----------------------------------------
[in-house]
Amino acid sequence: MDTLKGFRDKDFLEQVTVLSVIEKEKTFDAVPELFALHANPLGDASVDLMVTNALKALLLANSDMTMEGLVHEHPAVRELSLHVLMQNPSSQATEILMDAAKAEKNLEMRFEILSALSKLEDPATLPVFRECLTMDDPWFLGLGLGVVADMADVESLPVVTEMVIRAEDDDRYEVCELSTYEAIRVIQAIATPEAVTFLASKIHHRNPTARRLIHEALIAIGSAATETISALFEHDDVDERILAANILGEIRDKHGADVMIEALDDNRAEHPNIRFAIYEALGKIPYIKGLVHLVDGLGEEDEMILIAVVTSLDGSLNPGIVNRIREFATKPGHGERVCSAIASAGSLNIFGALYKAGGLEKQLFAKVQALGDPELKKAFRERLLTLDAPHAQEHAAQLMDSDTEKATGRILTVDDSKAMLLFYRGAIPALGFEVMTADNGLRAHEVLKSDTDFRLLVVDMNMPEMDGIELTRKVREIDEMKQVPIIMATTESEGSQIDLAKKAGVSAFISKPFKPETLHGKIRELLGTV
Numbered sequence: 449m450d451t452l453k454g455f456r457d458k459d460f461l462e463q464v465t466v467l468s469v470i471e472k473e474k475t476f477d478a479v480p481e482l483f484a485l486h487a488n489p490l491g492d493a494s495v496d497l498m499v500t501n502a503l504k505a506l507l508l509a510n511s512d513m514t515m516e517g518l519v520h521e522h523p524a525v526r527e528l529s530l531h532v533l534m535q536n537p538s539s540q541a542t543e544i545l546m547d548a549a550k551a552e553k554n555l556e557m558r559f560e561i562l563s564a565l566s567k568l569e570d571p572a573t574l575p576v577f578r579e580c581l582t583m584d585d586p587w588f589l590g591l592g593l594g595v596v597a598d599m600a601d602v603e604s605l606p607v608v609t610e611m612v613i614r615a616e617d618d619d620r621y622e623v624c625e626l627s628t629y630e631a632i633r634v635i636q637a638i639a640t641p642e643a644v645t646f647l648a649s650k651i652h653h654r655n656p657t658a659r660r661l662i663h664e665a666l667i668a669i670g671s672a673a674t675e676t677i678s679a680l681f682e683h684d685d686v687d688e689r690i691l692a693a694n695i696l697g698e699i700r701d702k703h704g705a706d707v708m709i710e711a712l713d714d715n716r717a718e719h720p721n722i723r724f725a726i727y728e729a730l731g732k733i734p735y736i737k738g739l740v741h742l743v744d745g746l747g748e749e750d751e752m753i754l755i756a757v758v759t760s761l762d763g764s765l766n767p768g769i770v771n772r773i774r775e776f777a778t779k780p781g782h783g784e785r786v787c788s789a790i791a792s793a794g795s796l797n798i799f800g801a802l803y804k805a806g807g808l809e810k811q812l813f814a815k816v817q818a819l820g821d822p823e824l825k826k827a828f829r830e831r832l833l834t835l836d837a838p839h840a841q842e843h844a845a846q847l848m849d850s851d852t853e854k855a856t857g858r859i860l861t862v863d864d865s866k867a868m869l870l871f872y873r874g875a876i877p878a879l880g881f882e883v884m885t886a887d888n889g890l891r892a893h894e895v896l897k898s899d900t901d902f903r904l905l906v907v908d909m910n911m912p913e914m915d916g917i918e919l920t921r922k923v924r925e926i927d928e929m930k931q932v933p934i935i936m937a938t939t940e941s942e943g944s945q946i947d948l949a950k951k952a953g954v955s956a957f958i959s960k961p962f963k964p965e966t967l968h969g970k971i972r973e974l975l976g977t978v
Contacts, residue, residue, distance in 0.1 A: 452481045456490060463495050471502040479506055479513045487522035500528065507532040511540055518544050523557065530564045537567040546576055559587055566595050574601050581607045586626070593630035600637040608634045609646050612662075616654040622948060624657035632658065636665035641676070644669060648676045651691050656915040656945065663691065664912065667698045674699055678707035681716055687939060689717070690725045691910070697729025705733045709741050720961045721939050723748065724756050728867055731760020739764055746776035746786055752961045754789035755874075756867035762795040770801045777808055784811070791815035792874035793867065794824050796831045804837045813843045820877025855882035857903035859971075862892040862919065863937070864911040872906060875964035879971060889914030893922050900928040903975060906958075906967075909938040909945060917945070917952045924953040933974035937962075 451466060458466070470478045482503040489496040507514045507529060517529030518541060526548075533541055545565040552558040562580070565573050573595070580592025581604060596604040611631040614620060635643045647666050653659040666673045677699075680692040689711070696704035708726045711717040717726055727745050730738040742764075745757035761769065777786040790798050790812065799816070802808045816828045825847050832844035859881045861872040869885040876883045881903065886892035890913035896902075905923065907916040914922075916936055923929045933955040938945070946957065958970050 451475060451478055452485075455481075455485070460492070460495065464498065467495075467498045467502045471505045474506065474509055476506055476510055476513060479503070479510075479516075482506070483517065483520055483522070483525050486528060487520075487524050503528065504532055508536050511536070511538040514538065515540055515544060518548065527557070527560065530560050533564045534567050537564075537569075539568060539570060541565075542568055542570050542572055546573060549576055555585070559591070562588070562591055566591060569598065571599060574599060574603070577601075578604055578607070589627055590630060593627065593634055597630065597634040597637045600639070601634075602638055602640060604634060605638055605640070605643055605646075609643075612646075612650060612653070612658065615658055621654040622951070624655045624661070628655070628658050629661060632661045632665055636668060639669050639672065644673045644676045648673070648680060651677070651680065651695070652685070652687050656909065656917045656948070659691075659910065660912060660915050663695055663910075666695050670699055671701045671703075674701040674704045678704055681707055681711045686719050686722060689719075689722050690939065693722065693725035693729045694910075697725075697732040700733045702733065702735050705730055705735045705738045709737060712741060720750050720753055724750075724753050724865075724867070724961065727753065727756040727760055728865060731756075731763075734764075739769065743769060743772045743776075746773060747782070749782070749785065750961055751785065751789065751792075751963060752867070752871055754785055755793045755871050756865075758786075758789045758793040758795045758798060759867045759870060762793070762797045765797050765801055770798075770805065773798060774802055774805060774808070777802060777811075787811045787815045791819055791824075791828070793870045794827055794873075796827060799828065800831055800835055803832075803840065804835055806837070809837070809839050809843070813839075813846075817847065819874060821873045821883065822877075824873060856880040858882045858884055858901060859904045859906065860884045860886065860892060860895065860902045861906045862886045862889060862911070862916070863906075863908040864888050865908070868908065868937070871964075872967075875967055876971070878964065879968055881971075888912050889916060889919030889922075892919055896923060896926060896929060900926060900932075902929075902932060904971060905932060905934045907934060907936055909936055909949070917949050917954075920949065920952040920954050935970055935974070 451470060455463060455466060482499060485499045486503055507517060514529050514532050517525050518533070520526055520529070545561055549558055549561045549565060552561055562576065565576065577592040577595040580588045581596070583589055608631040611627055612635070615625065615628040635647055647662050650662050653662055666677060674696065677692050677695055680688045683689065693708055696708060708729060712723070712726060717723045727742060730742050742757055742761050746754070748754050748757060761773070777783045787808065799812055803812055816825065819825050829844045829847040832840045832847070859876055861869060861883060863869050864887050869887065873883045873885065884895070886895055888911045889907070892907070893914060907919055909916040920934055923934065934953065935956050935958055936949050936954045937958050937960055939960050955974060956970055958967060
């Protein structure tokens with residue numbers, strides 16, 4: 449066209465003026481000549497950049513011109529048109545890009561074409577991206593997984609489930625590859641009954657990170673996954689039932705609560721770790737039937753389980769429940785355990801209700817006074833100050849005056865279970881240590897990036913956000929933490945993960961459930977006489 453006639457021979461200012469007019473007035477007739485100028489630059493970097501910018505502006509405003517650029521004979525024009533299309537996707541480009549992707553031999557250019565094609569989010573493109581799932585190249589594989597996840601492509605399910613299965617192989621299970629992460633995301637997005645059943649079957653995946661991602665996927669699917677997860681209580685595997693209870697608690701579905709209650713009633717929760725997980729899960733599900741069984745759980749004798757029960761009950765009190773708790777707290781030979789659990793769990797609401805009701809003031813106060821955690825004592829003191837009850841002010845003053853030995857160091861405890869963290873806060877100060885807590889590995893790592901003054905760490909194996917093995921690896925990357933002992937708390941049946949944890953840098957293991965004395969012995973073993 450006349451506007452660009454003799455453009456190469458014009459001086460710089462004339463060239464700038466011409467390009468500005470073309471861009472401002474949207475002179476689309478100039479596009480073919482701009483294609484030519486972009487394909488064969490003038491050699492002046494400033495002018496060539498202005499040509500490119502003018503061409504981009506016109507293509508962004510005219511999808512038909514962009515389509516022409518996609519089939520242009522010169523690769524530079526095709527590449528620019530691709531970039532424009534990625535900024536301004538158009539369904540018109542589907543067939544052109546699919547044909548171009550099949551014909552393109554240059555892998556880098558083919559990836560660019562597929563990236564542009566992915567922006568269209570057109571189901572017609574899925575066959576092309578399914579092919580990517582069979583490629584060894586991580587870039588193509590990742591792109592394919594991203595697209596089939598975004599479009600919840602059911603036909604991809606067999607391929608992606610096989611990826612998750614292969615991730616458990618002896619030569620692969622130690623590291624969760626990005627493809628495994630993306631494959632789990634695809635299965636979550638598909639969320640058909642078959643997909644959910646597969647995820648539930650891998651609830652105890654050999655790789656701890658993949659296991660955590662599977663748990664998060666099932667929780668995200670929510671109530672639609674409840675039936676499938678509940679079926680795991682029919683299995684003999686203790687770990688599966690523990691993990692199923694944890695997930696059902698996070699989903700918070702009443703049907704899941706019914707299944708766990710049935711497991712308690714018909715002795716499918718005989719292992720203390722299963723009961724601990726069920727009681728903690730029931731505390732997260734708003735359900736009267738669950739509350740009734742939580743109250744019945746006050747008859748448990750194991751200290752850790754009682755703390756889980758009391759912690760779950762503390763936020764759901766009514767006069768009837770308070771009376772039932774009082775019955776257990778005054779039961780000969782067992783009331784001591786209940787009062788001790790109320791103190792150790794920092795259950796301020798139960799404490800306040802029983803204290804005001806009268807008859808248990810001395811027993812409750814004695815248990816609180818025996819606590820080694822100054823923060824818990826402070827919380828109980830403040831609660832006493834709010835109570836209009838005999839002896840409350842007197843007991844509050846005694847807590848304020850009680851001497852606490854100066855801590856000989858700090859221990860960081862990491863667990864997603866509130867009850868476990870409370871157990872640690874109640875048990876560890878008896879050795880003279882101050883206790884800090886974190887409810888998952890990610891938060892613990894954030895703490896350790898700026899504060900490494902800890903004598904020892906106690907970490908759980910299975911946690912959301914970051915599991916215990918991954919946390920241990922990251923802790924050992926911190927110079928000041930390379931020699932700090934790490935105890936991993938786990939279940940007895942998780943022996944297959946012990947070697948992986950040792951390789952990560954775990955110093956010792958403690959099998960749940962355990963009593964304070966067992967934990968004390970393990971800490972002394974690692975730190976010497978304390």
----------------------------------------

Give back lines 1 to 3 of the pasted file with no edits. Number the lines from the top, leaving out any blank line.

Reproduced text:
[in-house]
Amino acid sequence: MDTLKGFRDKDFLEQVTVLSVIEKEKTFDAVPELFALHANPLGDASVDLMVTNALKALLLANSDMTMEGLVHEHPAVRELSLHVLMQNPSSQATEILMDAAKAEKNLEMRFEILSALSKLEDPATLPVFRECLTMDDPWFLGLGLGVVADMADVESLPVVTEMVIRAEDDDRYEVCELSTYEAIRVIQAIATPEAVTFLASKIHHRNPTARRLIHEALIAIGSAATETISALFEHDDVDERILAANILGEIRDKHGADVMIEALDDNRAEHPNIRFAIYEALGKIPYIKGLVHLVDGLGEEDEMILIAVVTSLDGSLNPGIVNRIREFATKPGHGERVCSAIASAGSLNIFGALYKAGGLEKQLFAKVQALGDPELKKAFRERLLTLDAPHAQEHAAQLMDSDTEKATGRILTVDDSKAMLLFYRGAIPALGFEVMTADNGLRAHEVLKSDTDFRLLVVDMNMPEMDGIELTRKVREIDEMKQVPIIMATTESEGSQIDLAKKAGVSAFISKPFKPETLHGKIRELLGTV
Numbered sequence: 449m450d451t452l453k454g455f456r457d458k459d460f461l462e463q464v465t466v467l468s469v470i471e472k473e474k475t476f477d478a479v480p481e482l483f484a485l486h487a488n489p490l491g492d493a494s495v496d497l498m499v500t501n502a503l504k505a506l507l508l509a510n511s512d513m514t515m516e517g518l519v520h521e522h523p524a525v526r527e528l529s530l531h532v533l534m535q536n537p538s539s540q541a542t543e544i545l546m547d548a549a550k551a552e553k554n555l556e557m558r559f560e561i562l563s564a565l566s567k568l569e570d571p572a573t574l575p576v577f578r579e580c581l582t583m584d585d586p587w588f589l590g591l592g593l594g595v596v597a598d599m600a601d602v603e604s605l606p607v608v609t610e611m612v613i614r615a616e617d618d619d620r621y622e623v624c625e626l627s628t629y630e631a632i633r634v635i636q637a638i639a640t641p642e643a644v645t646f647l648a649s650k651i652h653h654r655n656p657t658a659r660r661l662i663h664e665a666l667i668a669i670g671s672a673a674t675e676t677i678s679a680l681f682e683h684d685d686v687d688e689r690i691l692a693a694n695i696l697g698e699i700r701d702k703h704g705a706d707v708m709i710e711a712l713d714d715n716r717a718e719h720p721n722i723r724f725a726i727y728e729a730l731g732k733i734p735y736i737k738g739l740v741h742l743v744d745g746l747g748e749e750d751e752m753i754l755i756a757v758v759t760s761l762d763g764s765l766n767p768g769i770v771n772r773i774r775e776f777a778t779k780p781g782h783g784e785r786v787c788s789a790i791a792s793a794g795s796l797n798i799f800g801a802l803y804k805a806g807g808l809e810k811q812l813f814a815k816v817q818a819l820g821d822p823e824l825k826k827a828f829r830e831r832l833l834t835l836d837a838p839h840a841q842e843h844a845a846q847l848m849d850s851d852t853e854k855a856t857g858r859i860l861t862v863d864d865s866k867a868m869l870l871f872y873r874g875a876i877p878a879l880g881f882e883v884m885t886a887d888n889g890l891r892a893h894e895v896l897k898s899d900t901d902f903r904l905l906v907v908d909m910n911m912p913e914m915d916g917i918e919l920t921r922k923v924r925e926i927d928e929m930k931q932v933p934i935i936m937a938t939t940e941s942e943g944s945q946i947d948l949a950k951k952a953g954v955s956a957f958i959s960k961p962f963k964p965e966t967l968h969g970k971i972r973e974l975l976g977t978v